We will seek to multiply our work through developing partnerships both for social activism and training.

Reflective practice

We will continually seek to learn from our practice so refining our training and programmes.

Spirituality of Peacemaking

In particular we wish to see the St Mary's Centre become a place where all our work is under-girded by a Christian spirituality and ethos of peacemaking and reconciliation, where the disciplines of a peacemaker are clearly lived, and where skills in ministering in a multicultural society are practiced.


Equipping You Whatever Your Context

We will work to equip people at three levels:

  • Equipping individuals to live peaceable and reconciled lives in the ferment of challenging lives and situations wherever they live.
  • Equipping groups to live as communities that intentionally practice principles of peace and reconciliation so as to impact wider society.
  • Equipping people who have a call to bring peace and reconciliation in conflicted areas whether that be within the family, specific communities or the wider world.

Our Story

Over the past seven years St Mary’s, the town centre Parish Church of Luton, has played a leading part in working for peace in our town. A central part of that has been in working to understand, engage with and challenge the activity of street based far right movements within the town and coming into the town. We have been committed to reaching out in care and protection for all, to clearly opposing all extremes in close cooperation with the Muslim community in particular but with other faith groups as well. We have worked with them, the local government and police to provide effective community mediation when demonstrations or local disturbances have disrupted the life of our town.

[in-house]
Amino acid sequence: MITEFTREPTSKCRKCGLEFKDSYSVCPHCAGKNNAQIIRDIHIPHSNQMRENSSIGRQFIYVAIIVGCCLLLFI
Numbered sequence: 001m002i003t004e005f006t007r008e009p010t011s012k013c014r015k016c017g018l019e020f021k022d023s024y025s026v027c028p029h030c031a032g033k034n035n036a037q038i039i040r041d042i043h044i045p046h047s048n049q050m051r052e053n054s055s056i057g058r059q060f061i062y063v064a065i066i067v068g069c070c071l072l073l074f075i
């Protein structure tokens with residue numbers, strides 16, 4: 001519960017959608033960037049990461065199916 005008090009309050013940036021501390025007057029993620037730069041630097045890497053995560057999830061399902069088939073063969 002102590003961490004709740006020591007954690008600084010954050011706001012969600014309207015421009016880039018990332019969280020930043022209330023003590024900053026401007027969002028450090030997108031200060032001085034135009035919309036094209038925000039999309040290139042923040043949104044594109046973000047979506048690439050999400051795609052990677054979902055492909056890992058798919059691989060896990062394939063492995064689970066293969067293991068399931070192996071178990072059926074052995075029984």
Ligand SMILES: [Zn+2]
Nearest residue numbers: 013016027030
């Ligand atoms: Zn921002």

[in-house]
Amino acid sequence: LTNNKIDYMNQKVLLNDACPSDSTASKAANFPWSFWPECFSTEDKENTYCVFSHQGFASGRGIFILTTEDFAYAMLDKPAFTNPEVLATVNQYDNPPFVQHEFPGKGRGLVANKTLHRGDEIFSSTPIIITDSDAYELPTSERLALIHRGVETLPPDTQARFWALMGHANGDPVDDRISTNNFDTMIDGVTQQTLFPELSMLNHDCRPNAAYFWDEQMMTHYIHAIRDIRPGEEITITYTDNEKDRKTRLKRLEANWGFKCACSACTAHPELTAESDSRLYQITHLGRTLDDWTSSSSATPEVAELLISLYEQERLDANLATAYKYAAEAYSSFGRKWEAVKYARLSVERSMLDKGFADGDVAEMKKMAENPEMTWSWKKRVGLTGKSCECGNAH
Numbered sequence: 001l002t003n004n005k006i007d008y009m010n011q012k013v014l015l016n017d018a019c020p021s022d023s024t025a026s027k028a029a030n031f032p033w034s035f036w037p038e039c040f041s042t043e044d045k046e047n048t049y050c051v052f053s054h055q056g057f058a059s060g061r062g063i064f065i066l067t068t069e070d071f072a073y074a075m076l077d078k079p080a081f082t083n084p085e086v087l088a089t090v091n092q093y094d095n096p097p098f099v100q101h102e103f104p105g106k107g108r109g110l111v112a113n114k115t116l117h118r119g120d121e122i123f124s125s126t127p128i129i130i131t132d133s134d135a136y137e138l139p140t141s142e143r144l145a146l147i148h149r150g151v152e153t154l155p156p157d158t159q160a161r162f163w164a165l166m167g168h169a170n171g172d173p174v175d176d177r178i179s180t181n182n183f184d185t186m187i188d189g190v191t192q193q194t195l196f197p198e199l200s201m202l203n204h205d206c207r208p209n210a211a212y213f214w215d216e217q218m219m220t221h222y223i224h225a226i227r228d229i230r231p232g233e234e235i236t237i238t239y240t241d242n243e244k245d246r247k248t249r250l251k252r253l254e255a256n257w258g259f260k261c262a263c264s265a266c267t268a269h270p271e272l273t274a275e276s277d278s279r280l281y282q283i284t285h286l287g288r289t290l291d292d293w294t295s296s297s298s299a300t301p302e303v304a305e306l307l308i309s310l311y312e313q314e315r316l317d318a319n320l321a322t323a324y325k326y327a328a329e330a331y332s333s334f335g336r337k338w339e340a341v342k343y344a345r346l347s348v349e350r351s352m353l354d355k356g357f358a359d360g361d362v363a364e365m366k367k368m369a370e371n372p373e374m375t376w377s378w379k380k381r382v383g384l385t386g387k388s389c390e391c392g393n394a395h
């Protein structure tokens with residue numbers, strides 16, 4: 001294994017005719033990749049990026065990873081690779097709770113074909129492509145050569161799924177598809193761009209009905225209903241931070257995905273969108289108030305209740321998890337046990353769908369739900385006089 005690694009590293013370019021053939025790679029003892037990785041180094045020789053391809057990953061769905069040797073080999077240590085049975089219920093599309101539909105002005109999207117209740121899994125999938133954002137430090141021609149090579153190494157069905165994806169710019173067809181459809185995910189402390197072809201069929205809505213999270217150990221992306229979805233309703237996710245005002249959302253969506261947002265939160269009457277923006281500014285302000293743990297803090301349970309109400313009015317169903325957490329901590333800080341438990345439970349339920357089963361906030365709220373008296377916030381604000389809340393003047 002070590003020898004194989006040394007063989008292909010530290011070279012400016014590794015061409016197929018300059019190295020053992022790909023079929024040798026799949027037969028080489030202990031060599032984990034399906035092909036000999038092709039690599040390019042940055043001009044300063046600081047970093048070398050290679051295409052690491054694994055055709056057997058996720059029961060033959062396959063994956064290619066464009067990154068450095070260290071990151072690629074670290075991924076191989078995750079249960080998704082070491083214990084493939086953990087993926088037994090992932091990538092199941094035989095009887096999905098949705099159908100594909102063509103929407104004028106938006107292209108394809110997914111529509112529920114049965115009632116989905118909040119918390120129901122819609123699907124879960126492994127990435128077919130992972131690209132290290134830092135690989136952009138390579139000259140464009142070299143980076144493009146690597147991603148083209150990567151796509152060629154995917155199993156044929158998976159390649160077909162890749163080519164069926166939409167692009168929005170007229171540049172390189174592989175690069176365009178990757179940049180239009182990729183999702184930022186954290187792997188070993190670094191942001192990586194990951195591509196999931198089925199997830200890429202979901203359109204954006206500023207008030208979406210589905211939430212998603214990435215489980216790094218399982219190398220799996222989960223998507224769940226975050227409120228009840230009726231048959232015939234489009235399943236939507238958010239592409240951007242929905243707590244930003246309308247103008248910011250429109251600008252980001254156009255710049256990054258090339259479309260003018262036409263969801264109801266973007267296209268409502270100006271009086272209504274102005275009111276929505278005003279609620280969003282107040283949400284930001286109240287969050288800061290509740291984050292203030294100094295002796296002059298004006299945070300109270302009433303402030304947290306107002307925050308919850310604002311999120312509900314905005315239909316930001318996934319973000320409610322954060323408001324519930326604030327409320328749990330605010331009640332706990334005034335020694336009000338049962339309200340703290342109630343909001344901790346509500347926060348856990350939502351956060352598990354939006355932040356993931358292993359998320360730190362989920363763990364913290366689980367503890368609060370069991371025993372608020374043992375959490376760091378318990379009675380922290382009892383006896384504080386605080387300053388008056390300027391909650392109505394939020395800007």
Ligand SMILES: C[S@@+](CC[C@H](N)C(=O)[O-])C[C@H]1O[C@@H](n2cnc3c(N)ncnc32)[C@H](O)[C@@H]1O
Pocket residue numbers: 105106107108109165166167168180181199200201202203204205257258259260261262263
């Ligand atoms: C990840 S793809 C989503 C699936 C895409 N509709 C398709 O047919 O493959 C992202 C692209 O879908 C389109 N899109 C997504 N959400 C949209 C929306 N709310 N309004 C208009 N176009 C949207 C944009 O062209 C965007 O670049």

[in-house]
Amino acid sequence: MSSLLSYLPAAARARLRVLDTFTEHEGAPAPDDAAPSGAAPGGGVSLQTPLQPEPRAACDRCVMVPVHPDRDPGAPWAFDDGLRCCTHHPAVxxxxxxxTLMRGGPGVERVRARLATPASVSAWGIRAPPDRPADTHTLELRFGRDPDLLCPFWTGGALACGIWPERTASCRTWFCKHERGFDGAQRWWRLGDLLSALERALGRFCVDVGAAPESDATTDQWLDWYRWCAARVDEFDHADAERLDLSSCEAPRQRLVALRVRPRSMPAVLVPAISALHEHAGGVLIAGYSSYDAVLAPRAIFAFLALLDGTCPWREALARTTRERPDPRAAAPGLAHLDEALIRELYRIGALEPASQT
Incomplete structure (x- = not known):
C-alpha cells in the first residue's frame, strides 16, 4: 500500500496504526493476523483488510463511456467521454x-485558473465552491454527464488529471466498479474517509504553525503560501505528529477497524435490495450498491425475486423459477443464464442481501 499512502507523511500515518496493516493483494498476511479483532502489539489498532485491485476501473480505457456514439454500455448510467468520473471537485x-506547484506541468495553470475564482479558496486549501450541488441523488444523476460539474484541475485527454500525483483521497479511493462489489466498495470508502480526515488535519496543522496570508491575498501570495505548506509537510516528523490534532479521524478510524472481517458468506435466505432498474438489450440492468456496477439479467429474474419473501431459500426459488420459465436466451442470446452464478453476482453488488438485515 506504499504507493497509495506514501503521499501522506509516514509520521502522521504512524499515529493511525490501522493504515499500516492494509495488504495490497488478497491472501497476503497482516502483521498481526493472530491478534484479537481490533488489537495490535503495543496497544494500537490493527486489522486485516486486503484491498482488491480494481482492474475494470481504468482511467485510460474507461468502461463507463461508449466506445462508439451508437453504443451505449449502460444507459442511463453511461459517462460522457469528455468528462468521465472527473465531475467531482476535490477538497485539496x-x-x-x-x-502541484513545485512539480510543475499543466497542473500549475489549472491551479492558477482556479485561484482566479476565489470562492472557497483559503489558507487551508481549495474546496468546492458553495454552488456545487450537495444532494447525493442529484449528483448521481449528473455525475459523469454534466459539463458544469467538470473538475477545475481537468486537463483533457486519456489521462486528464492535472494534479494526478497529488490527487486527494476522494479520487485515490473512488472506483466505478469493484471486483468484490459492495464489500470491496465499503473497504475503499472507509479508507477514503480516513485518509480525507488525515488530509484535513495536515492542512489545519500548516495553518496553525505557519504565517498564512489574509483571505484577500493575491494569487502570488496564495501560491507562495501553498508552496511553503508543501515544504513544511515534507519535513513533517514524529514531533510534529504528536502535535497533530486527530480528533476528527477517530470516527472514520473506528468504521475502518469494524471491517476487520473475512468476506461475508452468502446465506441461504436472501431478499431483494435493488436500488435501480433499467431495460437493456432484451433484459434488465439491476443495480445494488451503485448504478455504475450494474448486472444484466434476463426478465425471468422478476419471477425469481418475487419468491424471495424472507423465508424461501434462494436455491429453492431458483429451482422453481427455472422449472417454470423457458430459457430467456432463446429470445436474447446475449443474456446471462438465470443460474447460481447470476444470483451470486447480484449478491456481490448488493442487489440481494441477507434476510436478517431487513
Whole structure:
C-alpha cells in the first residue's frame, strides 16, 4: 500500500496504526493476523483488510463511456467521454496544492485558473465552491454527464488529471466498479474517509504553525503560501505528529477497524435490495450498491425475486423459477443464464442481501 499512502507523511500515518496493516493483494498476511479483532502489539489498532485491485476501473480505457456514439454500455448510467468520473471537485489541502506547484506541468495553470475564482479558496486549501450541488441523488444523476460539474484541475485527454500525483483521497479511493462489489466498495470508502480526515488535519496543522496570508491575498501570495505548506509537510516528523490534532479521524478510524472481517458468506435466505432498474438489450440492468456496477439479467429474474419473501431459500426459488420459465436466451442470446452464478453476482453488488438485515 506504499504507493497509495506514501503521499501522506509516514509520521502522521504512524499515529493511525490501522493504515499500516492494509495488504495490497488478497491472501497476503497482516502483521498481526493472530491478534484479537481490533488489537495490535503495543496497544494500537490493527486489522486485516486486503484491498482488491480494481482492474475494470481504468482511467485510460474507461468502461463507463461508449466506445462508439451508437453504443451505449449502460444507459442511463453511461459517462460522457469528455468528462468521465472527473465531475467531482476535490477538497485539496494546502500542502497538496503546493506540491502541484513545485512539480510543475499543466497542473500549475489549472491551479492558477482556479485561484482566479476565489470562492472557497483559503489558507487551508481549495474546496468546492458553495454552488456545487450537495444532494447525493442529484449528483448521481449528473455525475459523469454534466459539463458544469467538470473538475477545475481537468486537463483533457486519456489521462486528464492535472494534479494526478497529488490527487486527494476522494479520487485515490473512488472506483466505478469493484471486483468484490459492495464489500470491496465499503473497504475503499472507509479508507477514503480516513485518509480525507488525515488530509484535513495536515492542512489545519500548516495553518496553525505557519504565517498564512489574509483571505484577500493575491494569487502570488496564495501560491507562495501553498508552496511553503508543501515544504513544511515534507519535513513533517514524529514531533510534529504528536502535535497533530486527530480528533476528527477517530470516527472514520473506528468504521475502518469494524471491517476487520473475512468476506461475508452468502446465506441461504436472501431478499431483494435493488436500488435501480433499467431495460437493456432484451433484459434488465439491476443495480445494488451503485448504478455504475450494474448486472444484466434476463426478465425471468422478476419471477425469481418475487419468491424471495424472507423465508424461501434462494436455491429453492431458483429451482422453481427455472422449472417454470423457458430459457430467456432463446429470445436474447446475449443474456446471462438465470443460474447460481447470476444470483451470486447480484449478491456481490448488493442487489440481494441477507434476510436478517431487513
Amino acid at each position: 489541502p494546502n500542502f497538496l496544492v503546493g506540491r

For two decades Luton has been a focus for extremists who have sought to root their divisive ideas in the town. Islamic extremism emerged as a result of various London based preachers working here in the 1990s, and Luton became home to a significant (but relatively small) branch of al-Muhajiroun, the now proscribed extremist group led by Anjem Choudary and locally by Sayful Islam. It was as a result of a protest by this group against a homecoming parade of the East Anglian regiment on 10 March 2009 that the English Defence League (EDL) emerged in Luton in mid-2009. Since then Luton has experienced many far right demonstrations, the largest of which numbered several thousand people. Additionally, as home to the leadership of EDL, Stephen Lennon aka “Tommy Robinson” and his uncle Kevin Carroll, Luton experienced their regular rabble rousing around community issues.

From March 2009 St Mary’s along with other churches in the town have challenged this movement. The largest mobilizations by the churchwere during a large EDL demonstrations in February 2011 and May 2012. On the latter occasion some 60 Christian clergy and lay leaders were on the streets mediating, stewarding, directing traffic, and serving tea to the 1nearly 2000 police in town. Teams were also among the EDL demonstration, the counter-demonstration, and with the large numbers of Muslims nervously gathered . In each case the teams were challenging untruths, helping instill calming behaviour, making friends, praying for the sick and counselling the bereaved. In the weeks leading up to demonstration day, Christian leaders sat on community-cohesion groups, spent considerable time in the Muslim community,  spoke at community meetings, and talked to both the EDL and counter-demonstrators.  The policing of the event —  “fair, firm, and friendly” — was a great success, in part because of our own and Muslim colleague's involvement in the police Gold Commander’s community-reference group, both supporting and challenging police strategy.

“Our hope is that our experiences in one of the UK’s most diverse communities and the Middle East will contribute to peace in many places.”

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A Britain First (BF) demonstration in June 2015 brought similar mobilisation by the churches. On that occasion church leaders first wrote an open letter and then formally met BF leaders to ask them not to come to Luton. Subsequently as the demonstration went ahead similar work took place to earlier EDL events. Britain First came back to the town unannounced in early 2016, and on both occasions we acted both to negate their claims to represent a Christian voice, and to strengthen community relations.